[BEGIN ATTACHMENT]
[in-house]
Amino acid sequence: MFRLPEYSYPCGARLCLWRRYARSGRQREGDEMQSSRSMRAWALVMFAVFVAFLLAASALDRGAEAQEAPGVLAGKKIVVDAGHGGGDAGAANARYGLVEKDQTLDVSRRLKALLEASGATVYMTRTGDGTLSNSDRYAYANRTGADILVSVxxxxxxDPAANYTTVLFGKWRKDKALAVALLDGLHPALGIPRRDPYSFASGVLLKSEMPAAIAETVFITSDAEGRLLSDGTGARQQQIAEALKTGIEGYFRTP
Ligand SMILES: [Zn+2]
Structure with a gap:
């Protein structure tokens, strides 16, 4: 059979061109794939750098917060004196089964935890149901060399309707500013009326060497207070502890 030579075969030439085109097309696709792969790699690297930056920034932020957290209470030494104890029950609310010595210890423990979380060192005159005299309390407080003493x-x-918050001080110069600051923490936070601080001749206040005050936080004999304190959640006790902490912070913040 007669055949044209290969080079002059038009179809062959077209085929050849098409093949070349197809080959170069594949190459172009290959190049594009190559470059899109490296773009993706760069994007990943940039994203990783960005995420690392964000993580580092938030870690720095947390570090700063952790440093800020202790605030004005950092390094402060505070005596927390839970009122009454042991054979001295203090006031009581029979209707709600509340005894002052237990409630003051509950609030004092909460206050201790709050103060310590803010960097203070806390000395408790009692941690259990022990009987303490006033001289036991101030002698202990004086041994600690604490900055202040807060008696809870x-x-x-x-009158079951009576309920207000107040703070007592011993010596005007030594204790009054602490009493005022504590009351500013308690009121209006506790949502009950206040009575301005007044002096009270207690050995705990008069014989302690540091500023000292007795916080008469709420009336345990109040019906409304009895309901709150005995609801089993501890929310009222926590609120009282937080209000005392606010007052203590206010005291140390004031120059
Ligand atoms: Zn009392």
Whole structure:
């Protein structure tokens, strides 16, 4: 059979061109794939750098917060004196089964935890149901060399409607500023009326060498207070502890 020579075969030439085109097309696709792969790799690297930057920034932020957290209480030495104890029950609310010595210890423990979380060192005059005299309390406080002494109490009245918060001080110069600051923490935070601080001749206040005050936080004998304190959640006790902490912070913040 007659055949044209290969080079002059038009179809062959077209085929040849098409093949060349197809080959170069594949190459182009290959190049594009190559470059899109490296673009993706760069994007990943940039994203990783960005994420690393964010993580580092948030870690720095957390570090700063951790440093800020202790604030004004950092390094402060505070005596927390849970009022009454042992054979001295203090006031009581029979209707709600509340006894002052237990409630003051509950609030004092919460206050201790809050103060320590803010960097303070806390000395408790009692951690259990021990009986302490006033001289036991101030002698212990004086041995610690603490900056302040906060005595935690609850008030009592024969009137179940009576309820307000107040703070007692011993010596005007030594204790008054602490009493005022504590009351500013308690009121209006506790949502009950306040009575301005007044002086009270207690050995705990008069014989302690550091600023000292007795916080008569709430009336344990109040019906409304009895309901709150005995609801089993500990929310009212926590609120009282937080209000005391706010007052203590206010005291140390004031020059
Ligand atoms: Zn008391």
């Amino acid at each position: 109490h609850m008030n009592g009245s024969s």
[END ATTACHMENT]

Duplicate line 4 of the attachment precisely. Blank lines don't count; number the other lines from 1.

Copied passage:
Structure with a gap: